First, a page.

New Delhi: India has upset Nepal after a new map it released last week showed the disputed Kalapani area as a part of Uttarakhand. Nepal was quick to issue a statement, saying it was “absolutely not acceptable”.
Responding to Nepal’s statement, Raveesh Kumar, spokesperson for India’s Ministry of External Affairs, said Thursday, “Our map accurately depicts the sovereign territory of India. The new map has in no manner revised our boundary with Nepal. The boundary delineation exercise with Nepal is ongoing under the existing mechanism.”
ThePrint looks at what the Kalapani border dispute between India and Nepal is all about.
Where is Kalapani?
Kalapani is a 35 square kilometre area, which is claimed by both India and Nepal. River Mahakali, earlier known as river Kali, flows through Kalapani, which is situated on the eastern bank of the river.
Both India and Nepal claim Kalapani as an integral part of their territories — India as part of Uttarakhand’s Pithoragarh district and Nepal as part of the Darchula district.
Kalapani is also a tri-junction point, where the Indian, Nepalese and Tibetan (Chinese) borders meet. The region has been manned by the Indo-Tibetan Border Police since 1962.
What is the dispute?
In essence, the source of river Mahakali is at the heart of the dispute between the countries.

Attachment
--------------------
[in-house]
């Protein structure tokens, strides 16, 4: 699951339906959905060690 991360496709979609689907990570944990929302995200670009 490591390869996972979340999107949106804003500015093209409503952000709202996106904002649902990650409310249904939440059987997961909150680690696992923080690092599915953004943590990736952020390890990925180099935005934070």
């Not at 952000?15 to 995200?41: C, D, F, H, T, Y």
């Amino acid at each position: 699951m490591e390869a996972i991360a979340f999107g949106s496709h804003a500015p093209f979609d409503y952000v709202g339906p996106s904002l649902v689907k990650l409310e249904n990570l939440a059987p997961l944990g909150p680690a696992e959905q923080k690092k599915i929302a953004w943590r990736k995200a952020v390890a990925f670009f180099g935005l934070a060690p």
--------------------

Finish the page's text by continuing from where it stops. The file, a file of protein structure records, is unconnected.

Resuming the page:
The 1816 Treaty of Segauli, signed between British India and Nepal, defined river Mahakali as the western border of Nepal. River Mahakali has several tributaries, all of which merge at Kalapani.
India claims that the river begins in Kalapani as this is where all its tributaries merge. But Nepal claims that it begins from Lipu Lekh Pass, the origin of most of its tributaries.
“Nepal has laid claim to all areas east of the Lipu Gad — the rivulet that joins the river Kali on its border, a tri-junction with India and China,” writes scholar Alok Kumar Gupta for Institute of Peace and Conflict Studies.
Lipu Gad is one of the major tributaries that merge into the main river at Kalapani. “The Nepalese contention is that the Lipu Gad is, in fact, the Kali river up to its source to the east of the Lipu Lekh Pass,” adds Gupta.
The Indian side contends that river Mahakali begins where Lipu Gad meets the Kalapani springs.
How have the two sides backed their claims?
In its effort to back its territorial claims, India has presented administrative and tax records dating back to the 1830s. According to New Delhi, these records show that since then Kalapani was part of the Pithoragarh district.
India has also shown surveys of the upper reaches of river Mahakali conducted by the British Indian government during the 1870s. They presented a map from 1879, which showed Kalapani as a part of British Indian territory.
Nepal has presented similar maps from 1850 and 1856, showing that river Mahakali begins in Kalapani.
Politics of Kalapani
While the origin of the dispute goes back to the early 19th century, politically it emerged as a contentious issue between India and Nepal after the two countries signed the Treaty of Mahakali in 1996.
This is when the Nepalese government was forced to take up the issue given the pressure from rising Nepali nationalism, according to Leo E. Ross of the University of California, Berkeley.
The two countries had formed the Joint Technical Boundary Committee in 1981 to resolve the dispute. Though the committee managed to resolve a large part of the dispute, they failed to reach a final settlement.
Eventually, the issue was referred to the foreign secretaries of the two countries and they have been trying to find a resolution to the dispute.